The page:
Thursday, February 18, 2016

Self Comes to Mind: constructing the conscious brain

by Antonio Damasio

I love-love-loved Damasio's 2003 book Looking for Spinoza: Joy, Sorrow, and the Feeling Brain (which instigated my interest in Spinoza, whose biography I recently read). This book is good too, but quite a bit more challenging science-wise. Probably his other two books, from 2000 and 2005, are more up my alley. But I'm glad that I persevered and finished this book. Doing so was a satisfying achievement on a purely intellectual level, and I learned a lot from this book that builds on what I've learned (from Damasio and others) about biology, neurophysiology, my self and my emotions.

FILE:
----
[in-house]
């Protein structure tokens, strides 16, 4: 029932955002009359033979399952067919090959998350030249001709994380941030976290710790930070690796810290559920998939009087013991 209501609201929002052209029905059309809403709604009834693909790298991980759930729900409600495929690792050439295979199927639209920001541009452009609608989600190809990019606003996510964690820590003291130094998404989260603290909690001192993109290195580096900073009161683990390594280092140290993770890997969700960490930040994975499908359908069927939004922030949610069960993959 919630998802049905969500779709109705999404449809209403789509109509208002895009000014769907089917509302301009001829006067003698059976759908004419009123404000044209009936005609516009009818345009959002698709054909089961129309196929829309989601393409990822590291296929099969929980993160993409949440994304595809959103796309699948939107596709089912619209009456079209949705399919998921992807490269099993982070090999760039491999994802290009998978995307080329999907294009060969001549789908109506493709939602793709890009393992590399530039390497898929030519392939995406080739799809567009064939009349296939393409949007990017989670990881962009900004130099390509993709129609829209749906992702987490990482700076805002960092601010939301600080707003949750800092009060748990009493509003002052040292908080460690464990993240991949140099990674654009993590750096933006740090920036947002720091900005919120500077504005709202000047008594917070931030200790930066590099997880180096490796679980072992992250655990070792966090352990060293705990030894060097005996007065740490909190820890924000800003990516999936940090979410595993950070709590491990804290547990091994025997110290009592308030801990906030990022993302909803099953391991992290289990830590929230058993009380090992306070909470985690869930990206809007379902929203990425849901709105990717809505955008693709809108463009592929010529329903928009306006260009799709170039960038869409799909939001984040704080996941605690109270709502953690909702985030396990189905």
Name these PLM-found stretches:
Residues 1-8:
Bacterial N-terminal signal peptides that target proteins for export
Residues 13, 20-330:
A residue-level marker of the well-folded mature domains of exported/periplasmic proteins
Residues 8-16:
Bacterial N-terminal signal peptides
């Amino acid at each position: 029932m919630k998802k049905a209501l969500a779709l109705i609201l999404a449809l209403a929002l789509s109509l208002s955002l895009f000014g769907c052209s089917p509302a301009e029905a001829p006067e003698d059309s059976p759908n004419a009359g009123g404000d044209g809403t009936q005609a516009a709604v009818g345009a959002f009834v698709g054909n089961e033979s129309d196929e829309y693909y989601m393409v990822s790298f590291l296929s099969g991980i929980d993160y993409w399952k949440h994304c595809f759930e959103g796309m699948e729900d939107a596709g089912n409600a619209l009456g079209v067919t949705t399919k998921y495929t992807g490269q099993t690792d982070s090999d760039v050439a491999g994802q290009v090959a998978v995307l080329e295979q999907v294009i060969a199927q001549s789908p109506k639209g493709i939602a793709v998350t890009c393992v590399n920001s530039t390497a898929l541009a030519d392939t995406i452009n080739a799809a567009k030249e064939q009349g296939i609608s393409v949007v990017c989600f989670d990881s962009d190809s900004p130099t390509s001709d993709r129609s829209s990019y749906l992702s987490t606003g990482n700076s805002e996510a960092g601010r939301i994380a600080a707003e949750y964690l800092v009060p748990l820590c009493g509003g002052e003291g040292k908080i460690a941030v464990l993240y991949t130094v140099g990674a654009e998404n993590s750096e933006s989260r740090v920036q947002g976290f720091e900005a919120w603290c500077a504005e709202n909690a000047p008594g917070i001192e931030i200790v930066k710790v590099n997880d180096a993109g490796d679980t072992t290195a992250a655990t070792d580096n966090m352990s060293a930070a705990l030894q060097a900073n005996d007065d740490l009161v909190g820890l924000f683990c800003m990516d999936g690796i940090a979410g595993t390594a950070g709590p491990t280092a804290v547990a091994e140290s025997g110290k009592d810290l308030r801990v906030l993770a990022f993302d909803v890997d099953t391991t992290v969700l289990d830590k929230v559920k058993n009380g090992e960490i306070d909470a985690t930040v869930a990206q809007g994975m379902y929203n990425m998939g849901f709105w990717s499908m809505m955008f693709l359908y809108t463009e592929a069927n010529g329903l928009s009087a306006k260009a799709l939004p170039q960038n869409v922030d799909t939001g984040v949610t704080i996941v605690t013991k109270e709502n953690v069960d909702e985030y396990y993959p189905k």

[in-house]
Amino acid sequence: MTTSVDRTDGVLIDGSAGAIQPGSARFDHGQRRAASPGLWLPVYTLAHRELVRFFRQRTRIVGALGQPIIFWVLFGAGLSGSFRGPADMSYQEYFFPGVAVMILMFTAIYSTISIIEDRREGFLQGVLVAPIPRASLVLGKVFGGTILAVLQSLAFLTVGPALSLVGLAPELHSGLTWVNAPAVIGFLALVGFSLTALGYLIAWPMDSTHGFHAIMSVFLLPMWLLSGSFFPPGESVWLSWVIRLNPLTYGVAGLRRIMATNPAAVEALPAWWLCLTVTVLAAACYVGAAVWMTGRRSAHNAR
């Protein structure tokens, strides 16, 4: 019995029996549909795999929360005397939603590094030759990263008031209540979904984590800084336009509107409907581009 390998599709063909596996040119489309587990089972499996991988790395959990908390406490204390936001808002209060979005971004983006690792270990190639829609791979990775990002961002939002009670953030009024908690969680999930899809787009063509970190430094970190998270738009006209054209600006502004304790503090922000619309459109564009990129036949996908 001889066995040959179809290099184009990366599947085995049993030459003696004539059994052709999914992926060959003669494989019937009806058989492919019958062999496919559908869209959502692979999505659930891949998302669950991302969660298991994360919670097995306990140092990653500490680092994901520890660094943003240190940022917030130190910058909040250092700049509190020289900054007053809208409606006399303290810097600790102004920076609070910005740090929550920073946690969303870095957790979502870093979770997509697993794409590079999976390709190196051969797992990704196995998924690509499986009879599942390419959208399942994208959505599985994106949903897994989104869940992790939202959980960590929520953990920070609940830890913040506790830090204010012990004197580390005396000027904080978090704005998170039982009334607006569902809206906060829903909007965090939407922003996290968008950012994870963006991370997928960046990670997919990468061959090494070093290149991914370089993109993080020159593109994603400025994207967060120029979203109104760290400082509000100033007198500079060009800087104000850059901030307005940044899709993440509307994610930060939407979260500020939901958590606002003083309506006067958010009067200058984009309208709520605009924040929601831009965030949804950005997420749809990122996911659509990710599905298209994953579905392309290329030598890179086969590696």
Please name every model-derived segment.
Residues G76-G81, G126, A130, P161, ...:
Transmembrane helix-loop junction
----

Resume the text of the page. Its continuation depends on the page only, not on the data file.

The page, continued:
In this book, Damasio builds his theory of consciousness from the starting point of a single neuron all the way to the detailed architecture of the human brain's 100 trillion connections, explaining how the layering and nesting of neuronal structures and the recursive, self-referential quality of those neurons and structures generate the seemingly incorporeal idea of a self.

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